SCALING PUBLIC BUS TRANSPORT
Commercial Vehicle|February 2021
Scaling public bus transport is necessary for sustainable development goals.

The impact of lockdown due to Covid-19 pandemic has been severe in the case of public bus transport in India. From March 2020 to July 2020, the revenue generation ability of public bus transport organisations was most affected. When operations resumed at the end of July 2020 or early August 2020, the challenges included a severely depleted working capital. Enjoying the status of an essential service at one end and grappling with numerous challenges at the other, the public bus transport organisations have been finding new ways to succeed since then. They are, according to Jan Deman, Director, Busworld, seeking new ways to get public funding. Stating that it is necessary to understand that no public transport would be sustainable without public funding, Deman mentioned that the pandemic has significantly changed the industry dynamics.

Emphasising that the private bus sector in India, which commands 80 per cent of the entire bus industry in India, too is in need of public funding to get back on its feet, Deman averred, “Public transport is clearly vulnerable and undervalued, and needs access to public funding.” Dr. Surendrakumar Bagde. General Manager, BrihanMumbai Electric Supply & Transport Undertaking (BEST), expressed that BEST buses proved to be of much use to essentialduty workers during the Covid-19 induced lockdown. He added that they have been successfully carrying out wetlease operations in Mumbai through four operators and induction of 1000 buses. Of the opinion that it is necessary to provide sustainable and environmentally friendly public transport service, Dr. Bagde said that his organisation is looking to operate 10000 buses for Mumbai’s 20 million population. Looking at operating a fleet of 3000 buses on wet-lease, BEST is said to be looking at a fleet of 3337 buses by 2025.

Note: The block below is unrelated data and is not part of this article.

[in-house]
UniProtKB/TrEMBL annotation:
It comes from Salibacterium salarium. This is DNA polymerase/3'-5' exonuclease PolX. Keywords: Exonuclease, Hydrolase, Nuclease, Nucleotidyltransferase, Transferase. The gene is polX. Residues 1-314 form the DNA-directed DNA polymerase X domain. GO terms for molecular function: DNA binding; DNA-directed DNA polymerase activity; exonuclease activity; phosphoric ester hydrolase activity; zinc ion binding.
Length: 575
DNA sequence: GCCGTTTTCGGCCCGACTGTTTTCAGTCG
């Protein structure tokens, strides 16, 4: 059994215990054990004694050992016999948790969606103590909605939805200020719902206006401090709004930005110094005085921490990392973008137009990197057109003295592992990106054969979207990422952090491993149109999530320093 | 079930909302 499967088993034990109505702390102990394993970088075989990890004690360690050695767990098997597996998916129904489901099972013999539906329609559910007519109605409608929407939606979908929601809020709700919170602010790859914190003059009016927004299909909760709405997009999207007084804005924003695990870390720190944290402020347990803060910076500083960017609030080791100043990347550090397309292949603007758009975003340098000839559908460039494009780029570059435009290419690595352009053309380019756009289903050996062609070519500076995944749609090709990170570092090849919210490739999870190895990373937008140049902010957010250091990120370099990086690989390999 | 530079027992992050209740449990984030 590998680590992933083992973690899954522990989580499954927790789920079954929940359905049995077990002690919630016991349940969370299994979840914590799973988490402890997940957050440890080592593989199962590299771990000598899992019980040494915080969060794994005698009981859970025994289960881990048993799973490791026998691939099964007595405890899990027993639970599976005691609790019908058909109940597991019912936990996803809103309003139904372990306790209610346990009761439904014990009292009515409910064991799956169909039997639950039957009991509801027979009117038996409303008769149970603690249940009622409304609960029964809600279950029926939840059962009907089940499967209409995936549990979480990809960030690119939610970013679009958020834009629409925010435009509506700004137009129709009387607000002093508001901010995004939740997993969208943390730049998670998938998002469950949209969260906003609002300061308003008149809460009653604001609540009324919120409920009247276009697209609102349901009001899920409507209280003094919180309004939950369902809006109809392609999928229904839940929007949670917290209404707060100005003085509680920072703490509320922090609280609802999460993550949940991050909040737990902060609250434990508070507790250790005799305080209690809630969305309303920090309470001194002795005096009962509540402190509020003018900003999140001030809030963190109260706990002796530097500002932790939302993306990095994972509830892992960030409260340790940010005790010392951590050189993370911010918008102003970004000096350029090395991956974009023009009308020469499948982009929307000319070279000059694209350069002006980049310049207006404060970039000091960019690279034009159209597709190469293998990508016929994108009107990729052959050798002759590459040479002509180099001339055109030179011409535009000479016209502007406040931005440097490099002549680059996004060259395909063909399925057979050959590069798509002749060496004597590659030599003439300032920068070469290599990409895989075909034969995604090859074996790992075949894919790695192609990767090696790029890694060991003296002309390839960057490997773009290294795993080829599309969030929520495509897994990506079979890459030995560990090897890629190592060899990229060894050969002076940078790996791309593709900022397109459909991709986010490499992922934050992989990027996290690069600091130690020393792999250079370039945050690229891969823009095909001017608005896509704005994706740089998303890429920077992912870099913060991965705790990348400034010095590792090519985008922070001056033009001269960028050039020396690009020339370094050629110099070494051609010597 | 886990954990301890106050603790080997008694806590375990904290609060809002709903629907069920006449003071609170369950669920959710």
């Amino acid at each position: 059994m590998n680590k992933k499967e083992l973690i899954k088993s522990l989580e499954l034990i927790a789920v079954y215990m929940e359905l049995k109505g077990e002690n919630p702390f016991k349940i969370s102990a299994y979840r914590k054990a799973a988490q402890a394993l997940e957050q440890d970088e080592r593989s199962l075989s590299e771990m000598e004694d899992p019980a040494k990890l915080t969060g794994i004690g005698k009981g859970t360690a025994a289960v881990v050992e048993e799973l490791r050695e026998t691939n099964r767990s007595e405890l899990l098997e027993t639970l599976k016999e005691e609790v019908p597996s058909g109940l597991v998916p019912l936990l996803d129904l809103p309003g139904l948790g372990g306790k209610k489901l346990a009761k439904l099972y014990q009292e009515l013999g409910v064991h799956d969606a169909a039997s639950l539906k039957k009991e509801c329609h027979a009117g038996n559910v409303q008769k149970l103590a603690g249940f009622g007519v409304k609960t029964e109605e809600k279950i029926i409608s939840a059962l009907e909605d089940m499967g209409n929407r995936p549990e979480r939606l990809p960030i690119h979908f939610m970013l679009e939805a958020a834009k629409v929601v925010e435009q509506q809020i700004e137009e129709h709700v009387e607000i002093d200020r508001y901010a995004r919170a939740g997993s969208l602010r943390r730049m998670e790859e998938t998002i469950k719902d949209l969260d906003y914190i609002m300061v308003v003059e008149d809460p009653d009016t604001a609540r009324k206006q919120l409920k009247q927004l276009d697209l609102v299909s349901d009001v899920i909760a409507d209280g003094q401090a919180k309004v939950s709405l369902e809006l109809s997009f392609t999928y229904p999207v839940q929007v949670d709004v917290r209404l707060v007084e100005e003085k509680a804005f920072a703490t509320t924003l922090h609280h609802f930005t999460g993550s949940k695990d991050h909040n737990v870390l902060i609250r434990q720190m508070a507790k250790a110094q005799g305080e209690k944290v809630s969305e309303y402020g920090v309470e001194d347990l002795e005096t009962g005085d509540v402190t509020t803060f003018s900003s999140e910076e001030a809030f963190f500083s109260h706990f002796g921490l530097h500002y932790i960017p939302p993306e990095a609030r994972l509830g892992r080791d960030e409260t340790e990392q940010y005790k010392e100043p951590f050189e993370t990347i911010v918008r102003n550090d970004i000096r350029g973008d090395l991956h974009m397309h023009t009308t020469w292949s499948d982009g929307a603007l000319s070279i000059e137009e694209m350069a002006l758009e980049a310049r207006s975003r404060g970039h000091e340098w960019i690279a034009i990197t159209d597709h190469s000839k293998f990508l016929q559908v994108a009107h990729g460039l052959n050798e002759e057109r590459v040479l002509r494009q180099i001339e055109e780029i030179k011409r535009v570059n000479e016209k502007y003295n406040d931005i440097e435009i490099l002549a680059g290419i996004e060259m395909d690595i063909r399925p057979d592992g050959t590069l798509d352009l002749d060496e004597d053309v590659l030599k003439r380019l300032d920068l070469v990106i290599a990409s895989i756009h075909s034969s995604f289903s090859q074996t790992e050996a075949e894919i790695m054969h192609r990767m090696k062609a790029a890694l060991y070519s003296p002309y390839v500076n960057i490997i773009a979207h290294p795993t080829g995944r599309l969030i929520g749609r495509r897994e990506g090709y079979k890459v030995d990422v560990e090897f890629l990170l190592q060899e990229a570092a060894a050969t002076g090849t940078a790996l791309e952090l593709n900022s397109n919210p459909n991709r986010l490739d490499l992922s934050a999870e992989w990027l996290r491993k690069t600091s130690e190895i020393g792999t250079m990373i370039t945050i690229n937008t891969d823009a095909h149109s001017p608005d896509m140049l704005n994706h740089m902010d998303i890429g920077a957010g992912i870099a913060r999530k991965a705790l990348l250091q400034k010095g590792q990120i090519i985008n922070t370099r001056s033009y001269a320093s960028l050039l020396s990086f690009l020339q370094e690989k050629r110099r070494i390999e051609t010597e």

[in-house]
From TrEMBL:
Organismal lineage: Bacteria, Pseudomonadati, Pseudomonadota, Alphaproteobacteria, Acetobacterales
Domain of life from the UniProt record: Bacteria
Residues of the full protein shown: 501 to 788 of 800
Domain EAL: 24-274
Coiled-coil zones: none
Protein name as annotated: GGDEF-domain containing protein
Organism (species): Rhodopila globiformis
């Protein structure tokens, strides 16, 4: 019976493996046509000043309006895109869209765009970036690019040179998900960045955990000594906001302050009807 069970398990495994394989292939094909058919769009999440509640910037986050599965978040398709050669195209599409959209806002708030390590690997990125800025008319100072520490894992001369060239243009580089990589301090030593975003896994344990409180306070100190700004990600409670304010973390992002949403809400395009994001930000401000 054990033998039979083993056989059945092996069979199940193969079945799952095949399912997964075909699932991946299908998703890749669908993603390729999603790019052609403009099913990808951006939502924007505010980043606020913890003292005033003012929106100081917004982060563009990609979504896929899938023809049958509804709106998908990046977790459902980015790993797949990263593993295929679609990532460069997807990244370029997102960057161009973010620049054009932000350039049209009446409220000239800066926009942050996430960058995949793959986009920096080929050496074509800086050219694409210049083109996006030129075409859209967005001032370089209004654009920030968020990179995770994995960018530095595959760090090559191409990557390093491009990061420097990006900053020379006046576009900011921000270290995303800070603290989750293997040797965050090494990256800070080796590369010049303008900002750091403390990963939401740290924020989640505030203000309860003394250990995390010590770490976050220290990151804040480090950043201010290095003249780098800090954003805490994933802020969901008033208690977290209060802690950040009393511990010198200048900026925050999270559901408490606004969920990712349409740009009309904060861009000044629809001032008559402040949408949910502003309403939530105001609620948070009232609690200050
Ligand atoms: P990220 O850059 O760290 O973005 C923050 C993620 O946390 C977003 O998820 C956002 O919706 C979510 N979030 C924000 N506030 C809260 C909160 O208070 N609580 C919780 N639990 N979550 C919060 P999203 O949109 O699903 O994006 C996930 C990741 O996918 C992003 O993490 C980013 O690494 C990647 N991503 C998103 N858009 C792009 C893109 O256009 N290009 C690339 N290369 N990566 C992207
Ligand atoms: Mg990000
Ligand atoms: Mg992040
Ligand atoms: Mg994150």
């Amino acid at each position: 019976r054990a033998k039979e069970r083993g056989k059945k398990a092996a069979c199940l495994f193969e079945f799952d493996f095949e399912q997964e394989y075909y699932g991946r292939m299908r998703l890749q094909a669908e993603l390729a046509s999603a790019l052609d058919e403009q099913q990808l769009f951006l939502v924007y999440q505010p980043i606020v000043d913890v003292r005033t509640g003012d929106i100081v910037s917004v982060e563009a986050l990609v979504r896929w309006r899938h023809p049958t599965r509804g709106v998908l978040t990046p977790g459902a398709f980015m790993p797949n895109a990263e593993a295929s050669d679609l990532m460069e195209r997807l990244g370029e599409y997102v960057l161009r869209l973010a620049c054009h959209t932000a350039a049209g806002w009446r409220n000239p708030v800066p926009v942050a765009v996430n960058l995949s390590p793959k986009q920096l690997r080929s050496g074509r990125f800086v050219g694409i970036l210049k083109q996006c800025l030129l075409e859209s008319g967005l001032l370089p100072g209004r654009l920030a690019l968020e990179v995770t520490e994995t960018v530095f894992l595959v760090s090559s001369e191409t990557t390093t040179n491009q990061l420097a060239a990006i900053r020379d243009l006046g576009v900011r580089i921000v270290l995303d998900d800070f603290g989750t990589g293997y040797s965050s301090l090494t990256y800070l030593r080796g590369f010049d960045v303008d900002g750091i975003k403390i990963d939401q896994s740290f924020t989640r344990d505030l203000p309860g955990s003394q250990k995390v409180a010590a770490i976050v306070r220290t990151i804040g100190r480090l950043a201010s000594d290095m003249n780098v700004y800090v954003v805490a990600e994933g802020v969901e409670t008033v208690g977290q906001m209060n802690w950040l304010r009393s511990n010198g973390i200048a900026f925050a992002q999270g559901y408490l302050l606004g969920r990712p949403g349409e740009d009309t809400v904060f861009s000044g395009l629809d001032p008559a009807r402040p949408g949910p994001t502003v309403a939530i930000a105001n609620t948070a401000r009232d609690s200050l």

BUILDING SUSTENANCE

Claimed to work towards adding around 3500 buses on wet lease in its fleet, BEST has so far wet-leased mini and midi buses for conductorless operation. These are engineered to work as a feeder service; as a last mile connectivity service that is aligned to the suburban train, metro and monorail network. Keen to increase bus services to elevate safer and greener mobility in the city for the masses, BEST, according to Dr. Bagde is looking at reducing CO2 vehicular emissions. Wet-lease, at the other, would boost private investment and provide better employment opportunities for the local population. Keen to make use of an Intelligent Transportation System (ITS) to improve operational efficiency and transparency, BEST, in the interest of sustenance and growth, is working towards bridging the supply and demand gap, which is estimated to be three to four times that of the international benchmarks. One of these is that a city should have 50 buses per lakh of population.

Working with the respective benchmark in mind, BEST as one of the oldest and most regarded public bus transport organisations, is also anticipating the dynamic needs of Mumbai city. Termed as the financial capital of India, Mumbai is also home to the Reserve Bank of India. Witnessing exponential growth in population over the last few decades as an island, Mumbai, according to Dr. Bagde is in need of a balance between public and private transport vehicles. As the second most preferred travel medium after suburban trains in Mumbai, BEST, he explained, is considered as a cost-effective travel medium with ease of access by the masses. Navigating past the challenge of high traffic density in Mumbai, BEST is working on ensuring timely operation of its buses on the routes designated.

TAKING THE BUS

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